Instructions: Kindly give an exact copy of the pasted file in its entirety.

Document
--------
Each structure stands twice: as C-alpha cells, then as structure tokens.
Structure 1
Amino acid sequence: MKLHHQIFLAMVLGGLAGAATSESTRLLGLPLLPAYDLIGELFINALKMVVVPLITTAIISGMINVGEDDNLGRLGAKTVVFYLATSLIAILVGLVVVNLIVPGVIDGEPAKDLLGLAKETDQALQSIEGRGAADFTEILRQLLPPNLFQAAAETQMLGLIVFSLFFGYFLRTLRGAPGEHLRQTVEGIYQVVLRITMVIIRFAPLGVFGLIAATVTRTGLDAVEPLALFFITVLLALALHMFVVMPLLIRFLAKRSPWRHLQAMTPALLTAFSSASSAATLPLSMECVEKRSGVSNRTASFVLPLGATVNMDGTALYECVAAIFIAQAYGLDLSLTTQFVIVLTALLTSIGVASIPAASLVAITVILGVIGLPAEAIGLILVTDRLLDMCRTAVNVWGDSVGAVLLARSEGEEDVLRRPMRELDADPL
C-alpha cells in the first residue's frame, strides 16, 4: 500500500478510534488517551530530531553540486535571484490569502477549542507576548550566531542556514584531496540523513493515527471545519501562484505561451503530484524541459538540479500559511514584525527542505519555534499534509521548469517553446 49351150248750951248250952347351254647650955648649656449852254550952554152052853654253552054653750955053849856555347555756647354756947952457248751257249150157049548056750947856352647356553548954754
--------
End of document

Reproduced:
Each structure stands twice: as C-alpha cells, then as structure tokens.
Structure 1
Amino acid sequence: MKLHHQIFLAMVLGGLAGAATSESTRLLGLPLLPAYDLIGELFINALKMVVVPLITTAIISGMINVGEDDNLGRLGAKTVVFYLATSLIAILVGLVVVNLIVPGVIDGEPAKDLLGLAKETDQALQSIEGRGAADFTEILRQLLPPNLFQAAAETQMLGLIVFSLFFGYFLRTLRGAPGEHLRQTVEGIYQVVLRITMVIIRFAPLGVFGLIAATVTRTGLDAVEPLALFFITVLLALALHMFVVMPLLIRFLAKRSPWRHLQAMTPALLTAFSSASSAATLPLSMECVEKRSGVSNRTASFVLPLGATVNMDGTALYECVAAIFIAQAYGLDLSLTTQFVIVLTALLTSIGVASIPAASLVAITVILGVIGLPAEAIGLILVTDRLLDMCRTAVNVWGDSVGAVLLARSEGEEDVLRRPMRELDADPL
C-alpha cells in the first residue's frame, strides 16, 4: 500500500478510534488517551530530531553540486535571484490569502477549542507576548550566531542556514584531496540523513493515527471545519501562484505561451503530484524541459538540479500559511514584525527542505519555534499534509521548469517553446 49351150248750951248250952347351254647650955648649656449852254550952554152052853654253552054653750955053849856555347555756647354756947952457248751257249150157049548056750947856352647356553548954754